VAUXHALL CUTS JOBS FORECAST; Demand for car firm to honour deal.
CARMAKER Vauxhall has scaled back the number of jobs it plans to create when it introduces a third shift at its Ellesmere Port plant in 2016.
The news came as a surprise to trade union Unite, which said it had struck a deal about job numbers two years ago.
When the company first confirmed plans to make the next generation Astra at the Cheshire factory, it said it would recruit 800 additional workers for the extra shift. Now, however, a spokesman for Vauxhall has told the ECHO the number of new jobs has been revised down to 400.
The spokesman blamed the slow pace of economic recovery in Europe, saying: "The world is a very different place."
Referring to slow sales of cars in Europe, he added: "The volumes have dropped significantly. They are coming back here, but not as much in Europe. It all comes down to Europe.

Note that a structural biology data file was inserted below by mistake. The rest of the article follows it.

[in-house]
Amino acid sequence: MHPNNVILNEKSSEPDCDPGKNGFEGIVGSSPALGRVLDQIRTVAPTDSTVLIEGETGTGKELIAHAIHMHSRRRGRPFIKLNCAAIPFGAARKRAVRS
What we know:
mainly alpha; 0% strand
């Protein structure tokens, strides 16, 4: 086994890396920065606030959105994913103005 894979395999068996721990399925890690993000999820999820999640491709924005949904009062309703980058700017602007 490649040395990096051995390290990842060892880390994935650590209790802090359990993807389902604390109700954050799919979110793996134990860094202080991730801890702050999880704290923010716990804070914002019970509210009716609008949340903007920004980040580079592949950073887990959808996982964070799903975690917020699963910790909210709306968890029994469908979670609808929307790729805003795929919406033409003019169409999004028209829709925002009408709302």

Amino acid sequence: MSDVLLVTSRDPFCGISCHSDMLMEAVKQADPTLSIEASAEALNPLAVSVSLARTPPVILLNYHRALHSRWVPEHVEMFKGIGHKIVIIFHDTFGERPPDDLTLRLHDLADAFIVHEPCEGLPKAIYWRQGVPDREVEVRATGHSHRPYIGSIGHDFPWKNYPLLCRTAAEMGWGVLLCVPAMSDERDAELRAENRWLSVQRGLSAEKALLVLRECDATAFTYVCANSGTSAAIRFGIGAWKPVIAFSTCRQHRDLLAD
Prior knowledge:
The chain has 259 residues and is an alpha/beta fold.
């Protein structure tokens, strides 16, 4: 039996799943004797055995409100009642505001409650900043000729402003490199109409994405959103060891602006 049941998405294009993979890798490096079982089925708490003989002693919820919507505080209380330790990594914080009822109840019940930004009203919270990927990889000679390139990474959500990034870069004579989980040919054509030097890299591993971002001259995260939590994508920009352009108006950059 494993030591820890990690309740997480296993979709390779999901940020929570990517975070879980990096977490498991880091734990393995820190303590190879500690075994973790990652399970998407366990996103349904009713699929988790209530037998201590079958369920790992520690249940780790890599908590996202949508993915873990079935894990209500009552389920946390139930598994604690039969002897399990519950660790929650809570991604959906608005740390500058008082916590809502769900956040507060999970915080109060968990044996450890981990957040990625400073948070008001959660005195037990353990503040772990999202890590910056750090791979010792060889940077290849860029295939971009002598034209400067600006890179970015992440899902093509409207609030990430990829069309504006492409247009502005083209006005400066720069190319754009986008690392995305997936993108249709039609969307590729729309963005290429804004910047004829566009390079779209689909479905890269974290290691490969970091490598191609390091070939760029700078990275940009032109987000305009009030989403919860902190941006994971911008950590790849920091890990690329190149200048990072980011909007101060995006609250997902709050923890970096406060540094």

"It's a more sensible estimate in the current climate. Two years is a long time in this industry.
"We will get to a situation where we will need an extra shift. Our intention is to do it some time in 2016. It takes a while to find the right people and get them trained. It's very early stages."
However, a spokesman for Unite said the cut in the number of jobs was news to the trade union. He added: "We shall wait to see what they have to say, but we expect the agreement which brought the Astra to Ellesmere Port to be honoured in full."
Production of the next generation of Astra is expected to start in the fourth quarter of next year. The third shift would be introduced in 2016 as sales gather pace.
Facilities at Ellesmere Port are currently being upgraded in anticipation of the introduction of the new Astra. At present, the plant employs 1,800 staff on two shifts.
Manufacturing takes place four days a week, with workers currently enjoying a three-day weekend. However, the spokesman said those arrangements would change once the third shift is introduced.
Economic growth in the European Union was a meagre 0.3% in the first three months of 2014 and car sales there remain far below pre-financial crisis levels.
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|Publication:||Liverpool Echo (Liverpool, England)|
|Date:||Jun 14, 2014|
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